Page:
The whites in American Christianity are not without their bias either.  The police have no more vigorous supporters than those found in your average, majority white, Christian church.  We tend to be conservative (Read: Republican) people who recognize the need for law, order, and authority in a just society.  We take seriously the call to obey our government and we often see police (and other “first responders”) as selfless individuals in a profession that asks a great deal of them.  While many of these things are true, it is also undeniable that many have a hard time allowing those beliefs to play a proper role.  Instead, they are often carried to the extreme.  I have had white Christians argue with me that speeding should result in jail and that a Christian should always waive his 4th and 5th amendment rights because “we should have nothing to hide”.  Many are unwise, foolish, and naive as they blindly rely on a human institution filled with humans to always act as something better than human.

I believe three things.  First, police are overwhelmingly noble public servants who genuinely want to help people.  There isn’t a single doubt in my mind that most police officers are people who want to serve everyone in their community and would give their own lives to keep others safe.  Second, there are undoubtedly some bad apples in and among police forces.  By “bad apples” I don’t always mean wicked and terrible individuals on a power trip (although sometimes that is exactly the issue) but more often than not the few bad apples simply aren’t good at their job.   Third, and most importantly, I believe police are people, which means they are sinners too.  Apart from Christ, their hearts are desperately wicked and prone toward evil, just like everyone else.  That doesn’t mean they’re all wicked Nazi SS henchmen; it simply means they struggle with the same temptations and pitfalls of sin like everyone else they deal with.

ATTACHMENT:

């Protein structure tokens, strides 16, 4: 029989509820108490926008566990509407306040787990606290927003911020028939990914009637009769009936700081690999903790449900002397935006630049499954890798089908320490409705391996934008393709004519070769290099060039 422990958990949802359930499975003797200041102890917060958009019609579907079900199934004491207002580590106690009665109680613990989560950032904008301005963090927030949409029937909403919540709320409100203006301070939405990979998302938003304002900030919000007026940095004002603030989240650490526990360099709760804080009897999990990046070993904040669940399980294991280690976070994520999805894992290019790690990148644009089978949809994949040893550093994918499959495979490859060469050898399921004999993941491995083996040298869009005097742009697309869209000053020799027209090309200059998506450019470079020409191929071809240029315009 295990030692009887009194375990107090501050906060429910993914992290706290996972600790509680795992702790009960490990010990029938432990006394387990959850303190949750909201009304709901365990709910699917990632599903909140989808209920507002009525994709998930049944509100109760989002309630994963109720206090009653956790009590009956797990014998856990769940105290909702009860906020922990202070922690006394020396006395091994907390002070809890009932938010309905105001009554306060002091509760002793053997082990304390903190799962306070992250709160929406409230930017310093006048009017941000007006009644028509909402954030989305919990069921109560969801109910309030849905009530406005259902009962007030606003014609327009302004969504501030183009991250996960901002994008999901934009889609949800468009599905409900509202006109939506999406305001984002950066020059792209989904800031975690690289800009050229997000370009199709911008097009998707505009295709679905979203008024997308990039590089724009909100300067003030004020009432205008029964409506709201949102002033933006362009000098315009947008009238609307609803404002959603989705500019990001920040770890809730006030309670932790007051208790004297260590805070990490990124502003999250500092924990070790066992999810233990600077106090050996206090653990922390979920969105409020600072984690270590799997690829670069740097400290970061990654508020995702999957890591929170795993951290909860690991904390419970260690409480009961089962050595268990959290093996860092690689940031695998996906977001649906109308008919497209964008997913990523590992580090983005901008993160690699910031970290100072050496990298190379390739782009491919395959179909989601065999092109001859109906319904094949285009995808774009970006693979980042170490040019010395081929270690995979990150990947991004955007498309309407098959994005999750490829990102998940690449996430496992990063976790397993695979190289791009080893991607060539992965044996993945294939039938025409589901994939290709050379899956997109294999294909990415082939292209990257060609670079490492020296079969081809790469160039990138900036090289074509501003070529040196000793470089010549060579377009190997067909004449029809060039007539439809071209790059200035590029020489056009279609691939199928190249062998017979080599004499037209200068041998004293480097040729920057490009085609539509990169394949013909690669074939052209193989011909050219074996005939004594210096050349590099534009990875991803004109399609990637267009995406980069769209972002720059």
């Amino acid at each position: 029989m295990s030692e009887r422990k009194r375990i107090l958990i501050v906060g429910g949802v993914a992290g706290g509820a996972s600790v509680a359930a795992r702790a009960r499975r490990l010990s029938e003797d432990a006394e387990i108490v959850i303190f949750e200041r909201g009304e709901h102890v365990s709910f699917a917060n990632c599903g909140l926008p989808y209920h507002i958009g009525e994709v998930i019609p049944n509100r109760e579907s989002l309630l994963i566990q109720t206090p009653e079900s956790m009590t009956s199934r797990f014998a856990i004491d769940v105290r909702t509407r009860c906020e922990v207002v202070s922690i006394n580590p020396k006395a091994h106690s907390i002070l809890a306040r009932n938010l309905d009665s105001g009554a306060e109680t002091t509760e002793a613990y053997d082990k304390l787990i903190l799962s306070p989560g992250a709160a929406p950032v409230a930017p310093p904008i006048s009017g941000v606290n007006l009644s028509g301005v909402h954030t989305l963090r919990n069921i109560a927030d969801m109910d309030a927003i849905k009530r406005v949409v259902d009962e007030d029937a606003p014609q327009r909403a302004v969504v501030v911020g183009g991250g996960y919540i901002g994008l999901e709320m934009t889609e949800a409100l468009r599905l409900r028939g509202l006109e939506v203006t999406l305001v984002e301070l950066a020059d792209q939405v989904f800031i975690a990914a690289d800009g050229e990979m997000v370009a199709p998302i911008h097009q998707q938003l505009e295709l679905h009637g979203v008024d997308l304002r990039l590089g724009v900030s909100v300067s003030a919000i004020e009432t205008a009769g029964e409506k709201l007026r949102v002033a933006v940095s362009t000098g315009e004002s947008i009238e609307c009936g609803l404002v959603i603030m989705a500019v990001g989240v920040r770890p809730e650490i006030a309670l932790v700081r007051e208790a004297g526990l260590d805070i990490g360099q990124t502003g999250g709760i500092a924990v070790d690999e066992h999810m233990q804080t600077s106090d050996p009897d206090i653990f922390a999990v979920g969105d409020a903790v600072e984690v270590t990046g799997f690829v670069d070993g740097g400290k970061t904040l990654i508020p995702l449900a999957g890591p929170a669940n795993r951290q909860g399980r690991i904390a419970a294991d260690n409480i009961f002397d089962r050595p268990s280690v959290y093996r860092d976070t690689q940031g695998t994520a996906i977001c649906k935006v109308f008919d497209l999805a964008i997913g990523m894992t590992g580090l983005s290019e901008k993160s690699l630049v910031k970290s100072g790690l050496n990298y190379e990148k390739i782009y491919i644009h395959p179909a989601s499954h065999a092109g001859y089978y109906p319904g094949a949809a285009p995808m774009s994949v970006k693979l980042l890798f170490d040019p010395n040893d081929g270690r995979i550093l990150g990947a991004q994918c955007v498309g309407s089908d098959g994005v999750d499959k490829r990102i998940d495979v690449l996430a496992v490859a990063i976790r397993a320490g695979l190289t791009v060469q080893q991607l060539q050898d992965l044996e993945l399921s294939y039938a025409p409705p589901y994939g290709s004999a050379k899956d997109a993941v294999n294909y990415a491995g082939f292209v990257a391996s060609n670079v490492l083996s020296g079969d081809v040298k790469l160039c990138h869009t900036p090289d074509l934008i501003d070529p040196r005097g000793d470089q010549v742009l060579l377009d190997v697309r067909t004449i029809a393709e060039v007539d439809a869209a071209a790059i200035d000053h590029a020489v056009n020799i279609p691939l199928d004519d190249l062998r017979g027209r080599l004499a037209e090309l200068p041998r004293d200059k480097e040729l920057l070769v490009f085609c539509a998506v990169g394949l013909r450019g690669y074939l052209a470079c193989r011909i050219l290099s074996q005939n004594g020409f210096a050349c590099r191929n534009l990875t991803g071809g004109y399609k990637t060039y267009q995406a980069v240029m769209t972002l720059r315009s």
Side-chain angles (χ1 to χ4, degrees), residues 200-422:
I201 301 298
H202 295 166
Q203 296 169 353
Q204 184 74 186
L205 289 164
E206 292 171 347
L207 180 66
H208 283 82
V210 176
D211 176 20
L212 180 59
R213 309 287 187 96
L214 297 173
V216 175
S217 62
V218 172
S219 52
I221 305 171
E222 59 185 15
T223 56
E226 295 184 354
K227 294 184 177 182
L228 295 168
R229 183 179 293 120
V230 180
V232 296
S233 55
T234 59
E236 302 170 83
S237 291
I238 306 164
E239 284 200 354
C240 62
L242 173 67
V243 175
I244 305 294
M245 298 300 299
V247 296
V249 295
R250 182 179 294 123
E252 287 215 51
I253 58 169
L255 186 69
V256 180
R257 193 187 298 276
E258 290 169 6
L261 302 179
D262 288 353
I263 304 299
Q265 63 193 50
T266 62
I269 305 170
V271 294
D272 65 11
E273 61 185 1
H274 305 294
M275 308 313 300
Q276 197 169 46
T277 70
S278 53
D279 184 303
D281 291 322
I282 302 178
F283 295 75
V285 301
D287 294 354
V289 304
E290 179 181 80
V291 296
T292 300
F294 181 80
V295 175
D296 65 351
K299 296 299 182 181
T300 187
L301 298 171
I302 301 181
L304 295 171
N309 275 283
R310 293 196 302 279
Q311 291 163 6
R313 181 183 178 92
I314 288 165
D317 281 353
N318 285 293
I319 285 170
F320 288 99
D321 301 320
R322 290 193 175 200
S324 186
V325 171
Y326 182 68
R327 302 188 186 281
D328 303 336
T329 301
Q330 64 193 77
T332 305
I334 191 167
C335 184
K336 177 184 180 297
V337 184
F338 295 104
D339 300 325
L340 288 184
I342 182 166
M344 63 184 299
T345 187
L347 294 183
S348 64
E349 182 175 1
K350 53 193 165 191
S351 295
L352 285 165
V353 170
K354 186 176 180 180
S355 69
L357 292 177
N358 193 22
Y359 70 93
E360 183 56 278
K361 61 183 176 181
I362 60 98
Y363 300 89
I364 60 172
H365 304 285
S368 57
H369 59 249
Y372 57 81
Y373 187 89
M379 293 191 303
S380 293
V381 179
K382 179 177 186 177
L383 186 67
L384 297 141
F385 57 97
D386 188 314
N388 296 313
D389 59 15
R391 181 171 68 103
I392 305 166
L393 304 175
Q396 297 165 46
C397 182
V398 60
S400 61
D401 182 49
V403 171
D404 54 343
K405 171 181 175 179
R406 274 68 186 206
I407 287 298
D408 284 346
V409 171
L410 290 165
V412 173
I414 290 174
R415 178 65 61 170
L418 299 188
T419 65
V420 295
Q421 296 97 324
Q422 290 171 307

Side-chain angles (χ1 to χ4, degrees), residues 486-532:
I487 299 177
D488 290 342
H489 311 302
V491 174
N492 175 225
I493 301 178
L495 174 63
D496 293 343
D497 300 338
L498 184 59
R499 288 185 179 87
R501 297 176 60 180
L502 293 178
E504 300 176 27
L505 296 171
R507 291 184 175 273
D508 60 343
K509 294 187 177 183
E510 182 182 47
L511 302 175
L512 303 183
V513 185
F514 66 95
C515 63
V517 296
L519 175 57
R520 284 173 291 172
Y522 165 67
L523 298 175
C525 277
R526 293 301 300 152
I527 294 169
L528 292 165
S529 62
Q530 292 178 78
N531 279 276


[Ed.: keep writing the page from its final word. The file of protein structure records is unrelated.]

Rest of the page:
governmentRomans 13 and 1 Peter 2:13-17 call on believers to submit to the earthly authorities in every way we can without compromising our obedience to God.  This seems a good place to remind you that the police are one of those earthly authorities; and they are both “earthly” and an “authority”.  So yes, brothers and sisters, we should submit to police and do what they ask of us within reason.  This doesn’t mean we can’t assert our rights (Paul did), or that police are always right, or that they must be defended when they act badly.  It simply means we should submit; submission and little else is what we are called to.  The church would do well to adopt that attitude and teach it clearly.  Don’t resist arrest, don’t harass officers doing their job, but don’t invest qualities not guaranteed to human authorities simply because they wear a badge.

Additionally, it is wise to be on guard against government.  As our country continues to sink into moral decay, it will be the Christians who will feel the brunt of society’s wrath.  This has always been the case.  When we are the outlaws, it will be those same badges (although probably not many of the same people) that hunt us.  Those badges will be invested with all the benefits of the doubt, all the power, & all the trust we so willingly give to them now.  Police have a tough job.  They deserve the proper leeway to do it.  They also have much power, and all power should be held to a high standard and with much accountability.  That doesn’t mean police are guilty before a trial, or guilty simply because someone says so.  It simply means they can be guilty of doing wrong, have tremendous power to do wrong, and should be treated accordingly.

The church must oppose worldly culture and seek to evangelize it, not join it.  We cannot abandon our identity in Christ to adopt racial identity politics.  We cannot abandon wisdom and trust earthly authorities without question.  We should seek to lead quiet and peaceful lives, wise as serpents and gentle as doves, in the midst of a fallen world run by fallen people.